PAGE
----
The games selected for incorporation in mathematics education should be those that align with mathematics standards and mathematical learning objectives. In past research, this has been noted as an issue when games have been used (Chen & Hwang, 2014; Schenke, Rutherford, & Farkas, 2014). In order to ensure that the mathematics that is used in the games is made explicit, there should be time for discussion and reflection after gameplay. Teachers can also make connections to the gameplay in their other class activities. The absence of this process in which the teacher makes connections between the games and other class content and in which students are given time to discuss and think about the gaming experience has been suggested as a reason for why game-based learning might not lead to positive results (Rutherford et al., 2014).
As further games are developed, it is important that the games be designed to help students make connections between multiple representations, provide students feedback, and enable students to do non-routine problem solving with a focus on conceptual understanding. It has been noted that most game-based learning in mathematics has been limited to number and operations and algebra (Byun & Joung, 2018). Expanding the mathematical topics that are available should be done as long as the games are well-designed and enable mathematics teachers to implement effective mathematical teaching practices (NCTM, 2014).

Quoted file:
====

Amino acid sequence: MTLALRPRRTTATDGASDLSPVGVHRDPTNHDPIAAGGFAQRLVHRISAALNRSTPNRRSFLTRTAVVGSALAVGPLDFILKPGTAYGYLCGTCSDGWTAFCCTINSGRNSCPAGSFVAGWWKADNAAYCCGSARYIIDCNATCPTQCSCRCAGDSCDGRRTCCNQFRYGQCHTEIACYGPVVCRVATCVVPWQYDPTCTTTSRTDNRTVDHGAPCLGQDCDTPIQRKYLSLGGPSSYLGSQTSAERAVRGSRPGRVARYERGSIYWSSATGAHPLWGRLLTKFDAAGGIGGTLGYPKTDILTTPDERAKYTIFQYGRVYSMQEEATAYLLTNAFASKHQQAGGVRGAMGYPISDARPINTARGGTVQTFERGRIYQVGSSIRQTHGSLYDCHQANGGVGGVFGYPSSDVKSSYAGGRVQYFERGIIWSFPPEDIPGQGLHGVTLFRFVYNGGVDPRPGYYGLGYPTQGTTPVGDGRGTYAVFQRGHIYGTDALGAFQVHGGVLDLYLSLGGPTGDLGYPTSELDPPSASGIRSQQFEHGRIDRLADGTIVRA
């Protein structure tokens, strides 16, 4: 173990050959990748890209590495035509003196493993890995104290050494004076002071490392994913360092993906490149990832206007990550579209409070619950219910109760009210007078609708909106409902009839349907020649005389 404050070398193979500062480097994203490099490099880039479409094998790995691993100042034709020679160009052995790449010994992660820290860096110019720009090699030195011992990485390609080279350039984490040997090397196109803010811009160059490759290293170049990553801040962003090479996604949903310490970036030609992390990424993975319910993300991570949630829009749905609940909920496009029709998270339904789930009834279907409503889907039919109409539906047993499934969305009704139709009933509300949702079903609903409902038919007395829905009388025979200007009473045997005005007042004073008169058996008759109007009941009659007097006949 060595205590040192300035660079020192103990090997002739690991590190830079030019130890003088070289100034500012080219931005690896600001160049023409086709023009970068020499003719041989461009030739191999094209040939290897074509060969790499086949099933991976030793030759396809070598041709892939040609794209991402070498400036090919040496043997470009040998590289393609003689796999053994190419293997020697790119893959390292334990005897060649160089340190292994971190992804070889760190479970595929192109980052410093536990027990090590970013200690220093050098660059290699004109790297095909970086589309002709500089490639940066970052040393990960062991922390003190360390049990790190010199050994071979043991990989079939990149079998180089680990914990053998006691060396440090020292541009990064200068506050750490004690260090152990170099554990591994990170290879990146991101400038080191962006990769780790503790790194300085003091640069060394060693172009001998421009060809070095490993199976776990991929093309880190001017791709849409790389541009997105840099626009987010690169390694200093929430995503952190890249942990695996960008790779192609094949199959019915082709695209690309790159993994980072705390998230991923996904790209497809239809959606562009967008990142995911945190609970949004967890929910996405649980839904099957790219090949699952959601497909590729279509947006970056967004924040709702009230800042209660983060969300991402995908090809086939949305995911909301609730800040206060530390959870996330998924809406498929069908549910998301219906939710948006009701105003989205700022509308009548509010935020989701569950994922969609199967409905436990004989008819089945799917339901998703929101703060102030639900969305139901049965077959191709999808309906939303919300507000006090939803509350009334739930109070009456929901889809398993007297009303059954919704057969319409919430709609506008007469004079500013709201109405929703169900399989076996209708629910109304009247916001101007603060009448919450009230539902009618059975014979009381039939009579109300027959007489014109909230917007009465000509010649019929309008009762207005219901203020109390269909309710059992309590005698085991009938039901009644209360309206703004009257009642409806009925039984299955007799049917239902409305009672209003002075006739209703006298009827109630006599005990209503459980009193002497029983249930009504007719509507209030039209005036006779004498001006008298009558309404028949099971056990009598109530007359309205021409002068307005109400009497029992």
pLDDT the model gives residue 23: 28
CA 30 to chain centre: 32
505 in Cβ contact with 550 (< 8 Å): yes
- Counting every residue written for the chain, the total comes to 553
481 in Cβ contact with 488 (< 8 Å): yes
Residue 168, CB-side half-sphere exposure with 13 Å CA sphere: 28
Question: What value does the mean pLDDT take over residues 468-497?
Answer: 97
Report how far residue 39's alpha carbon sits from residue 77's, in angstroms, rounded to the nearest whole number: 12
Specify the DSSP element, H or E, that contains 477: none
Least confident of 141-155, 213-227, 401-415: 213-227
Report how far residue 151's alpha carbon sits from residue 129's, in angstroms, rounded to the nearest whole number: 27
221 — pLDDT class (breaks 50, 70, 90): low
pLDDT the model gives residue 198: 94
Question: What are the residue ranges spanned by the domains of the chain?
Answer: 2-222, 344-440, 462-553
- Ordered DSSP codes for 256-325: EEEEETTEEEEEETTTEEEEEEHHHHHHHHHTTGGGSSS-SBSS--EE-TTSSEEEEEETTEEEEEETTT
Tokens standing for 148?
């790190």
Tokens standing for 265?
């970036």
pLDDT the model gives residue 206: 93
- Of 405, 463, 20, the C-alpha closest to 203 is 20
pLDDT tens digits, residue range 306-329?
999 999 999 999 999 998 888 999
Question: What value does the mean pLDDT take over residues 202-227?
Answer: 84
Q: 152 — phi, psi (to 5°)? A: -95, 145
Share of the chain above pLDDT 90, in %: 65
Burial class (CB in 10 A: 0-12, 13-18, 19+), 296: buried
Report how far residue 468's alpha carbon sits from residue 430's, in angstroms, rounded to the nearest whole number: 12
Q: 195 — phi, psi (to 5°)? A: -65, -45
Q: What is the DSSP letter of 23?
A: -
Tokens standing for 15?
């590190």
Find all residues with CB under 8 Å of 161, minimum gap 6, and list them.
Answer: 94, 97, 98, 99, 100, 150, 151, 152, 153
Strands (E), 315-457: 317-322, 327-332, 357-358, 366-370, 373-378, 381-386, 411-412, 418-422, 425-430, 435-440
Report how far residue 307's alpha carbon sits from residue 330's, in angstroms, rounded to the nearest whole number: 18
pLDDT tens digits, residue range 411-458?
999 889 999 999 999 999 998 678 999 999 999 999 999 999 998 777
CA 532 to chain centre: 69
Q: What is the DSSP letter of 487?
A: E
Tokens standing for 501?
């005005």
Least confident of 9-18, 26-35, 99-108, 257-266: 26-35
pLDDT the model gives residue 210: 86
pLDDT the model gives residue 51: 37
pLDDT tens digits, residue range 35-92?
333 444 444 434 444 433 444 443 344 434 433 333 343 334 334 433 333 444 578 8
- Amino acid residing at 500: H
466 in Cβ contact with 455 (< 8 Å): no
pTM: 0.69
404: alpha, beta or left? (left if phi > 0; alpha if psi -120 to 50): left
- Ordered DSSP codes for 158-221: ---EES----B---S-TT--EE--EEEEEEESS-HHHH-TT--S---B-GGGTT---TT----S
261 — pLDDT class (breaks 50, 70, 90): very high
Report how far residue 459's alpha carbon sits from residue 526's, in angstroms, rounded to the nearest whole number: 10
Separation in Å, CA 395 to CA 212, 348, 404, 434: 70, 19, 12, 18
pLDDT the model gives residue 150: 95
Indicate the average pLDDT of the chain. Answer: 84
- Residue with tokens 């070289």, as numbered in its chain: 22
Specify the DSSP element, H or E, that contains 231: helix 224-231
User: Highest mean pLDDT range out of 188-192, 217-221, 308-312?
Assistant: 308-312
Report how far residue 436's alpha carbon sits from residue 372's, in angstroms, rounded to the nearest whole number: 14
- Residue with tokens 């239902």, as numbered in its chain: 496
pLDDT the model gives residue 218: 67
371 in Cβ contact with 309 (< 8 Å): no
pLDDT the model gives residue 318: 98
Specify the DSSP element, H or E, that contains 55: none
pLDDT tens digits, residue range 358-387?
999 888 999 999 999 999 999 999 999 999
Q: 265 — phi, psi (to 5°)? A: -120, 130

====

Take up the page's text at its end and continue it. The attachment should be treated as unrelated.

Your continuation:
Technology integration is an essential element of quality mathematics teaching. Technology-based games are a relevant context for students that can motivate them to engage in mathematical thinking and discussion. Further research is needed on the impact of game-based learning in the mathematics classroom when the games are well-designed and allow for open-ended mathematics.
As further work is done with game-based learning in mathematics, it is important that the games are designed at the transformation level of the SAMR hierarchy, are worthwhile tasks, are aligned with standards, incorporate multiple representations, provide students feedback, and are open-ended.
Stohlmann, M. (2019). Integrated steM education through open-ended game based learning. Journal of Mathematics Education, 12(1), 16-30.